Furthermore, as Jenkins makes clear through referring to 'identification', situated identity is not static but is in continuous process. We may say that identity is not possessed; rather, it is performed by the interplay of self-presentation and ascription, assertion and validation, claim and affirmation, or, as the case may be, by their contraries. To keep such notions in mind, we may talk of 'emergent identity' (Holmes, 2000a) to refer to the outcome, albeit fragile, of such interplay in a particular situation at any particular moment in time.
Taking this internal-external, personal and social, processual and dialectical approach, we may consider emergent identity in terms of 'modalities'. Where a person's claim on an identity, eg as a manager, is affirmed by significant others, we may say that the individual has the 'agreed identity' as manager. Where the claim is disaffirmed by others, we may say that the individual has a 'failed identity'. Figure 2 presents the main modalities of emergent identity of significance, including a central 'zone' of 'under-determined identity' where claim (or disclaim) and affirmation (or disaffirmation) are made tentatively.
Figure 2: Claim-Affirmation Model of Emergent Identity
The model is, of course, intended as a heuristic device rather than as mapping objectively identifiable aspects of an individual. In particular, it enables us to consider the 'identity projects' (Harré, 1983) of individuals in terms of trajectories through modalities of emergent identity. The 'happy' trajectory would be where someone moves from 'indeterminate identity' (zone 1) to 'agreed identity' (zone 4) with a minimal period in 'zone X', ie 'under-determined identity'. However, other trajectories are possible. An individual may struggle to gain affirmation to their claim on an identity, moving from zone 1 to zone 2 ('failed identity'), before moving back into zone X and onto zone 4. Even when someone achieves 'agreed identity', there is the possibility that later others may begin to question (zone X) or even disaffirm (moving back to zone 2); such would be the case of downgrading or dismissal. Alternatively, the person themselves may question whether they wish to have the identity (Note 8), possibly moving to a position in which they disclaim the identity whilst still being ascribed it by others (zone 3, 'imposed identity').
As emergent identity arises in the dialectical interplay between individual
claim and social ascription, there is the ever-present possibility that there
will be contestation between these. How, then, can any stability of identity
be achieved, however temporary? How can and does an individual present their
claim on an identity such that its affirmation by significant others is achieved?
How can and do significant others ascribe an identity to an individual, such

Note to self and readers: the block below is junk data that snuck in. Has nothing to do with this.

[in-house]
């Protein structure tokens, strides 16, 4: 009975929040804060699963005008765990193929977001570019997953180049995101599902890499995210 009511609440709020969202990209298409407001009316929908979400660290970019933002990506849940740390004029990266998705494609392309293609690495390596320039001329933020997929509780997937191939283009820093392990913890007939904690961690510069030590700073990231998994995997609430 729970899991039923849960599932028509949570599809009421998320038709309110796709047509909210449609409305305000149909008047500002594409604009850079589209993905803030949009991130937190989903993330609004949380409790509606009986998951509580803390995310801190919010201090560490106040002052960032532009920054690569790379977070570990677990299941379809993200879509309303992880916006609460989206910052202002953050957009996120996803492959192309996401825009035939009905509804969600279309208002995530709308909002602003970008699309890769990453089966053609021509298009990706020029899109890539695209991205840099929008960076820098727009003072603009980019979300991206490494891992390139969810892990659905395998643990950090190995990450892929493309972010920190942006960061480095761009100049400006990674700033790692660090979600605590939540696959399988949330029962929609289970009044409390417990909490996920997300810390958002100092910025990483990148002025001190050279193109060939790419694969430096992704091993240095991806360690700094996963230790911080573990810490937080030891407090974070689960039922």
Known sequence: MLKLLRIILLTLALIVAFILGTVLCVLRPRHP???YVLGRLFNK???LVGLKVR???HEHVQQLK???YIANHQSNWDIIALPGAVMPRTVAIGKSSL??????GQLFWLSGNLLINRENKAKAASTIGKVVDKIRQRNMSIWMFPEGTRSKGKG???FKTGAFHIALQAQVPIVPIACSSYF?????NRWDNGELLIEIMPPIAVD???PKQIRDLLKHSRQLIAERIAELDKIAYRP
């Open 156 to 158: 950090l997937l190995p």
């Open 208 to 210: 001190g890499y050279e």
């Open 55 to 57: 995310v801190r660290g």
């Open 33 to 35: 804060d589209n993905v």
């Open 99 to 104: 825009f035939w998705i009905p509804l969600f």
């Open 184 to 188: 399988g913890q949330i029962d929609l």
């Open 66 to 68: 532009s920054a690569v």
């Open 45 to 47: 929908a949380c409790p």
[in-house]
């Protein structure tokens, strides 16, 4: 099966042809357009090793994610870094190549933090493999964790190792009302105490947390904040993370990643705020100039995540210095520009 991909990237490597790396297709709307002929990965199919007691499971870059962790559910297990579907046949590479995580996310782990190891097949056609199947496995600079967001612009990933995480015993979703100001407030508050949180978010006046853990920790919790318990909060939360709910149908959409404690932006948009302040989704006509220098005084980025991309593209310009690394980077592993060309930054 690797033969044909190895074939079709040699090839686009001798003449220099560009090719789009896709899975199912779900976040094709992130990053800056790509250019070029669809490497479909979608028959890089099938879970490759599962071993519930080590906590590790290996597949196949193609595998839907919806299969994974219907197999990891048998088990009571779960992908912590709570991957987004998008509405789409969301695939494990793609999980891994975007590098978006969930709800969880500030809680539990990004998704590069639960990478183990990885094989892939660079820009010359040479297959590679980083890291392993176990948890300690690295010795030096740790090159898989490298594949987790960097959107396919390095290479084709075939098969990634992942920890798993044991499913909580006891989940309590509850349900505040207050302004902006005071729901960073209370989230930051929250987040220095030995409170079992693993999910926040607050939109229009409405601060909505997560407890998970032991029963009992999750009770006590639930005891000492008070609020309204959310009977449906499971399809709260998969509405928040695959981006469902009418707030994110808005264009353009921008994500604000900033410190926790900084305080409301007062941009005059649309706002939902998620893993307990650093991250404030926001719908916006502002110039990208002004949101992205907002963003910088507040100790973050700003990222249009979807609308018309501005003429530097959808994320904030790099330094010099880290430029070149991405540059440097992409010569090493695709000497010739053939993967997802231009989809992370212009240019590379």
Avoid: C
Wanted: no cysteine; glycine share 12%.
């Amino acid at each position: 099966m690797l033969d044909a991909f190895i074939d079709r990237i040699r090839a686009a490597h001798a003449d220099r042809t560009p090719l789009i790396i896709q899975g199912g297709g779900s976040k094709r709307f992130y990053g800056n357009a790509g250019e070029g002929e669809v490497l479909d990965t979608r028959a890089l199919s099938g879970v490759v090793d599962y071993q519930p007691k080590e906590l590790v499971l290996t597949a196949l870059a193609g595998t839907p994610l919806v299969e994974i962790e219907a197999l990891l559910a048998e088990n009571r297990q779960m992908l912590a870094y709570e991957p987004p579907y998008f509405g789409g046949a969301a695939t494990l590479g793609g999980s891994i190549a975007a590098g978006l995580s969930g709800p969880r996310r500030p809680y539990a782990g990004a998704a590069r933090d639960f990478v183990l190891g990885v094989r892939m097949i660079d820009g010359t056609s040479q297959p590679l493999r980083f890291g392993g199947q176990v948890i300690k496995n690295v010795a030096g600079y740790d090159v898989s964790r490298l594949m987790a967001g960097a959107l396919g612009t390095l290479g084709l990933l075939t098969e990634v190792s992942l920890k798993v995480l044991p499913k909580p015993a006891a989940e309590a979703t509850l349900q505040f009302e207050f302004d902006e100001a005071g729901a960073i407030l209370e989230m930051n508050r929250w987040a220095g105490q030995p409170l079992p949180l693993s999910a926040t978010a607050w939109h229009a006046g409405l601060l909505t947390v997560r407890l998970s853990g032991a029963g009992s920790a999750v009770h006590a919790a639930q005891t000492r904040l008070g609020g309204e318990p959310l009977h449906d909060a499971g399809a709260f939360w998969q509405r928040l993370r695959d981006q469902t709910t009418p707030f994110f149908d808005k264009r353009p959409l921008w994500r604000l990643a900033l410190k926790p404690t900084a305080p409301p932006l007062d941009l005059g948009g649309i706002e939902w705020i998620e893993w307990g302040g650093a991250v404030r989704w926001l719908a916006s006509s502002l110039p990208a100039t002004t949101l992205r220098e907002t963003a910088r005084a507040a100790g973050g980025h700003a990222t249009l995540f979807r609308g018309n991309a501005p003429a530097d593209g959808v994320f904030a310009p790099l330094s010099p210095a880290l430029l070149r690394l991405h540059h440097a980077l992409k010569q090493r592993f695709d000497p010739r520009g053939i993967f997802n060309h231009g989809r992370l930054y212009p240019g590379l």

that it is accepted by the individual? This may be understood in terms of the
notion of warranting (Toulmin, 1958; Draper, 1988; Gergen, 1989), ie the use
of conventional, legitimated, normalised modes of discourse to support the claim
that some state of affairs holds. Allied to the notion of warranting is that
of 'accounting' and 'accounts' (Scott and Lyman, 1968), which may be seen as
a special case of warranting where some disputation, actual or potential, arises
between views about what state of affairs holds. Scott and Lyman use the term
'accounts' to refer to "a linguistic (Note 9) device employed whenever an action
is subject to valuative enquiry" (op. cit., 46),
"a statement made by a social actor to explain unanticipated or untoward behaviour - whether that behaviour is his own or that of others, and whether the proximate cause for the statement arises from himself or from someone else." (ibid.) We might expect that accounting would become important in the contexts where individual claim on identity is subject to tentative disaffirmation, or where ascription of an identity is tentatively being disclaimed by the individual.
Because warrants and accounts are part of the processes of communication through which emergent identity is constructed, they provide a source of empirical material for exploring modalities of emergent identity and trajectories through such modalities. There is growing use of forms of narrative inquiry and life history approaches to research, in the management field (Hill, 1993; Holmes, 1995, 2001;Watson and Harris, 1999) and in respect of post-graduation experiences of persons who have undertaken higher education (Holmes et al., 1998; Ward and Jenkins, 1999; Jenkins, et al., 2001). Such research should provide a rich source of material for studying how individuals warrant their identity claims to researchers in the context of research inquiry.